Pandora’s Box: Volume 2 – Sloth
Written by Alcante, art by Radovanovic
The Pandora’s Box series uses a mixture of modern tech and Ancient Greek mythology to illustrate tales of the seven deadly sins with the eighth book of the series representing hope (When Pandora opened the box seven of the eight demons escaped but she managed to keep the demon of Hopelessness trapped in the Box, thus allowing humanity hope).
This second volume brings us to Sloth with the initially contradictory tale of the world’s greatest 100m sprinter. But looking to the inside cover and the quote (that I can’t track down a source for – it may be specifically written by Alcante):
“Of Sloth, like Paris, you will succumb to the slow venom”
Which explains why this tale of Sloth concerns the world’s fastest man. The slow venom being the insidious temptation for this supreme athlete to give in to the pressures all around him and, after years of being super-clean, to cheat with steroids.
Paris Troy is the greatest 100m sprinter of his time, his world record has stood for nearly ten years and he’s never cheated, never been tempted, never needed to. But his resolve to compete clean is threatened when his fitness and power slip after his first major injury. Hot on his heels, with times getting better and better each race is young pretender to the 100m crown Ace. They’re destined to meet at this year’s Olympic Games in Instanbul.
What would Paris do to win, what temptations would he succumb to, this super-clean athlete who’s never needed to consider doping before?
(During the glory days – looking back at Paris Troy’s world record set nearly 10 years prior to the events in Sloth. From Pandora’s Box Volume 2: Sloth, art by Radovanovic, published by Cinebook.)
Temptation comes by way of Paris’ brother Hector, older but not as gifted, who gave in to his own temptation ten years ago, raced on steroids and was caught and banned. But when Paris’ struggle to regain his peak form is revealed is it only Hector’s weakness to succumb that prompts him to suggest doping to Paris, or is it something more sinister?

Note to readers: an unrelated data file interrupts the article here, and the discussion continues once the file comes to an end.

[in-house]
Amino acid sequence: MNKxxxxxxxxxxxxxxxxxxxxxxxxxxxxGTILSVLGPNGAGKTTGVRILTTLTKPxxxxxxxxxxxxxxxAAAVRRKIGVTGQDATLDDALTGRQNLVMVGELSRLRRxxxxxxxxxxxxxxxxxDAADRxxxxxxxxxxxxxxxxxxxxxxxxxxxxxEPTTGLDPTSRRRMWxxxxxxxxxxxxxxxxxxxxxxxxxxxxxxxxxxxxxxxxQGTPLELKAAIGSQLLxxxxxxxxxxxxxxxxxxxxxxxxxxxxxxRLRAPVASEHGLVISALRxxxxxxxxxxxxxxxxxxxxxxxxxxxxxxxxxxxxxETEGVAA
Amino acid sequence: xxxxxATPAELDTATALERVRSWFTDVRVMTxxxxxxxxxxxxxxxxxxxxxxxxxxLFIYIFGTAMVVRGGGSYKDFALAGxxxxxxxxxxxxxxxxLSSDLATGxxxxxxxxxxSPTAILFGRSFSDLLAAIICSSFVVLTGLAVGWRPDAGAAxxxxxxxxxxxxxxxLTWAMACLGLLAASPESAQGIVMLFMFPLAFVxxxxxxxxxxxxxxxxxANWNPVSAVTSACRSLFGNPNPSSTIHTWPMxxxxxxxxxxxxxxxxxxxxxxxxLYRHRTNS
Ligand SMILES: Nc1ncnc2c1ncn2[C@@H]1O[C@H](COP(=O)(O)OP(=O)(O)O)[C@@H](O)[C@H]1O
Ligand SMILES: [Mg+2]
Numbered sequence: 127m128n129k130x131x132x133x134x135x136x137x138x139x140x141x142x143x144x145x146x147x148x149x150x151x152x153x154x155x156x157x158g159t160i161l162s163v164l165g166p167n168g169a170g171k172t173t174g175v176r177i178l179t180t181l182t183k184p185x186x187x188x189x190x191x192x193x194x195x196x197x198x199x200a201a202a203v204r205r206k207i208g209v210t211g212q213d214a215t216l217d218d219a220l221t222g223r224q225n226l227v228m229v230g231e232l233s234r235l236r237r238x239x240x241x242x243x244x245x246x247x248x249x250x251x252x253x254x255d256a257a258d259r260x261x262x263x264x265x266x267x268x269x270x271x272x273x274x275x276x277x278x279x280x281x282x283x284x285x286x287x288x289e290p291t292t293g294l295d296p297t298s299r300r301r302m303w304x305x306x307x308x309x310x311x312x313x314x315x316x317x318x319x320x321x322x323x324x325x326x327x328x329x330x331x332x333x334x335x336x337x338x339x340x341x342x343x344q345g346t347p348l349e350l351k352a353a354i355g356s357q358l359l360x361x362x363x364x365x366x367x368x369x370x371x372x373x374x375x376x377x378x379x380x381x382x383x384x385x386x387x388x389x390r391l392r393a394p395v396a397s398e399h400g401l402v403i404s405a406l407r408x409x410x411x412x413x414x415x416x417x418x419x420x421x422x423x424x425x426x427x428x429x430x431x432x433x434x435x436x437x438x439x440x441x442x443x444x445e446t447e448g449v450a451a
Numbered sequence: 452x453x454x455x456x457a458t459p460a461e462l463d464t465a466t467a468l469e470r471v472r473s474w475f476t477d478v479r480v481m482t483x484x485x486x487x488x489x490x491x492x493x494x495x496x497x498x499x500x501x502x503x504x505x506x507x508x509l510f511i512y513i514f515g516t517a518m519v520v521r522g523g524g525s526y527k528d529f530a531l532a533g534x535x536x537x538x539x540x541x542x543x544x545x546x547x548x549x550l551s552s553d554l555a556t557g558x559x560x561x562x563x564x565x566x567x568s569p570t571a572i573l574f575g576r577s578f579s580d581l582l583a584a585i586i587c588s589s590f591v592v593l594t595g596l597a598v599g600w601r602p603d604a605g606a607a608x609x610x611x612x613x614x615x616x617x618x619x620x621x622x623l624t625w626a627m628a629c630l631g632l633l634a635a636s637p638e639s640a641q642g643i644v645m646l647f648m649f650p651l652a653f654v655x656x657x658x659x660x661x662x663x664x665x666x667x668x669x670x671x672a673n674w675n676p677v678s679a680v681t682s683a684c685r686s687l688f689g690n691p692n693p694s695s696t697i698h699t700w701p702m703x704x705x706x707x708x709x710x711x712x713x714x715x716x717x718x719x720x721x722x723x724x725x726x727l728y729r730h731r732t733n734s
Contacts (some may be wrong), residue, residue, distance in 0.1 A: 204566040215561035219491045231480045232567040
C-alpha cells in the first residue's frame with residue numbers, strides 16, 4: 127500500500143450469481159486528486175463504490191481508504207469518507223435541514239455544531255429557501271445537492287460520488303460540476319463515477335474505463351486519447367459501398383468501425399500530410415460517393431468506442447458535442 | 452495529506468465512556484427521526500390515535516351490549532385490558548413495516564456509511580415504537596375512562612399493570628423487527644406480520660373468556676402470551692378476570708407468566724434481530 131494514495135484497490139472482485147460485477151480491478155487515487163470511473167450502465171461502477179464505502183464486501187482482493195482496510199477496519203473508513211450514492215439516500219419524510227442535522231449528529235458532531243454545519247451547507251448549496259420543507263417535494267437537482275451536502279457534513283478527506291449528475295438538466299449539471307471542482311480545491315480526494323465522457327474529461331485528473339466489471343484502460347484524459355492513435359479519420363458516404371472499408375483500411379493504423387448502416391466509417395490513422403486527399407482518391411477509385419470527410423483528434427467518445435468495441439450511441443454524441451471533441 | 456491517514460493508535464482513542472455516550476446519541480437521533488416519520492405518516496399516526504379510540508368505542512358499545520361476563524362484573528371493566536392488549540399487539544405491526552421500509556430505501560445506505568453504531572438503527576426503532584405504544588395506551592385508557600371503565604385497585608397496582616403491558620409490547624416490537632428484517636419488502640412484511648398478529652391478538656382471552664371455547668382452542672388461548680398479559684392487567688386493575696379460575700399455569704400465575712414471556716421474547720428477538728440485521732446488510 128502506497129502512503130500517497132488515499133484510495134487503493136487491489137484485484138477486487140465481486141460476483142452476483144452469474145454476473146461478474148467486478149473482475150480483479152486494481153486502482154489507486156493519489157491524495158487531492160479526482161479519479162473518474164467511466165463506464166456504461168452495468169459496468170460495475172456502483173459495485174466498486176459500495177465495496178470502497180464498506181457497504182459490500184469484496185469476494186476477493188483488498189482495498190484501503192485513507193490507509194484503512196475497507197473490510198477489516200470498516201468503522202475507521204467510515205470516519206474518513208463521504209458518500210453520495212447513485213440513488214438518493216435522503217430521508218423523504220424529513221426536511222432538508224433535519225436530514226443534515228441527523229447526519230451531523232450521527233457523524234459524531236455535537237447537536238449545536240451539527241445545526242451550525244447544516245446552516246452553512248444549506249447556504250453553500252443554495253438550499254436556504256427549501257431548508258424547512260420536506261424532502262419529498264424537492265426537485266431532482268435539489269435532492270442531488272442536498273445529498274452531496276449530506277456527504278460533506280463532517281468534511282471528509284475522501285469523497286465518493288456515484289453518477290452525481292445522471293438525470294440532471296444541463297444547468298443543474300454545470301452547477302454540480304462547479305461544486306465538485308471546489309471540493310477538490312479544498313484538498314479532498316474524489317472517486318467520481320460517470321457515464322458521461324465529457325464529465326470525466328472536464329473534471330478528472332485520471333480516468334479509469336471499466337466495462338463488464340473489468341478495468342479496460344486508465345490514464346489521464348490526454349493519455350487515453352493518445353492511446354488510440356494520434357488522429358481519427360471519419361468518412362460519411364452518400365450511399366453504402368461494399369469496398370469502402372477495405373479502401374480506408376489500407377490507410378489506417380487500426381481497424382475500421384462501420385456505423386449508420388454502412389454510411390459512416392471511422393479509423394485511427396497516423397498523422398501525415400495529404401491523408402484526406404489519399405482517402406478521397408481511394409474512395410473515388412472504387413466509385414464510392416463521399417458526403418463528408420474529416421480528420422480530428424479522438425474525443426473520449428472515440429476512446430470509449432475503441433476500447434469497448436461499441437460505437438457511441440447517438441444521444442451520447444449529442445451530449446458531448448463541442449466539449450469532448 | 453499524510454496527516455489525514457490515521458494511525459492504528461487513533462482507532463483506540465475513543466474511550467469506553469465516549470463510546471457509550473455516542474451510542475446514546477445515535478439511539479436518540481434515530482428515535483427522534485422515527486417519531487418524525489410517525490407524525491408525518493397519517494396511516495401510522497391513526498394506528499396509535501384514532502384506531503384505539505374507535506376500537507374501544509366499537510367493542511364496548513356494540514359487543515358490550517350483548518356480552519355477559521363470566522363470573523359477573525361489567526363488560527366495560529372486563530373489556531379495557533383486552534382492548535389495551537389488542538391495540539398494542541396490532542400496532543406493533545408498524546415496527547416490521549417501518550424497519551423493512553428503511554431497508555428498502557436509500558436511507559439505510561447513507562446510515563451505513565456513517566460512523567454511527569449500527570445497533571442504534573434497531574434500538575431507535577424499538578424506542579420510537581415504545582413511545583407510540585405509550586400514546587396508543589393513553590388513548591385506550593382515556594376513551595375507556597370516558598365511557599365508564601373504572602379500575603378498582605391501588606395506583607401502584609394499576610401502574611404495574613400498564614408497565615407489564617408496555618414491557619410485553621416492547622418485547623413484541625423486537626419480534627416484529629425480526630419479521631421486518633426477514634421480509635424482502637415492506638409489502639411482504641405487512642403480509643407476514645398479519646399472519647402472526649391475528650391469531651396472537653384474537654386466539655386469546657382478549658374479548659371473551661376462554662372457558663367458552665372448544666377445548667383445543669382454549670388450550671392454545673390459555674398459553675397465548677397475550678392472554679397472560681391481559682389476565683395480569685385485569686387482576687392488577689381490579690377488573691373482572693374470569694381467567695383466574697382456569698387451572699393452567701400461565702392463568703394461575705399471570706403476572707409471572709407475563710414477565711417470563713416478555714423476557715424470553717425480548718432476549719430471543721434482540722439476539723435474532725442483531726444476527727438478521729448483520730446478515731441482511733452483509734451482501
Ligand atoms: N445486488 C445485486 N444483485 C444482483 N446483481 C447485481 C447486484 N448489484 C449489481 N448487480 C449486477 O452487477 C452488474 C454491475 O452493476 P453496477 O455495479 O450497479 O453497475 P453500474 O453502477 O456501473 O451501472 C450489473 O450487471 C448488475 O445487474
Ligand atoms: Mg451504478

The story follows Paris’ long route back to steroid aided top form, reassured by his brother that these steroids are practically untraceable and there’s no way he’ll get caught at the Olympics. As the pressure mounts, from Ace, from the sponsors, from his trainer, Paris completely succumbs to his new drug aided regime. Even if he gets away with the cheating, what price will Paris have to pay for his next Olympic gold?
(Paris Troy in drug aided training, temptation so easy to succumb to. From Pandora’s Box Volume 2: Sloth, art by Radovanovic, published by Cinebook.)
It’s a great premise, full of intrigue and conflict. Brother against brother, athlete against athlete and one man against the temptation to break all of his own rules to hang on to the only thing in his life that matters. But Pandora’s Box: Sloth fails to live up to the premise. It’s not a terrible failure, just a moderate one. I wanted something more involving and less obvious than this – there’s a couple of twists at the end that are pretty obviously signposted along the way and I kept finding the determination of Alcante to shoehorn the references to the Trojan War rather annoying. It reads well enough, but ultimately it’s no winner.
The first volume; Pride (review) I rather enjoyed. This second volume just doesn’t have the same enjoyment for me. There’s nothing to make me go “wow” here, not in the writing and not in the artwork – I’m sure that Alcante wanted an artist to capture the dynamic, superhero like qualities of the world’s fastest man. But although Radovanovic starts out really well, capturing the athletes in action, this early promise flounders somewhat in the pages that follow.
The concept of Pandora’s Box is still an intriguing one, but with two stories complete, it seems the execution of the stories are having trouble living up to the ambition of that concept. At this point, two parts in, I doubt I’ll be sticking with it till the end.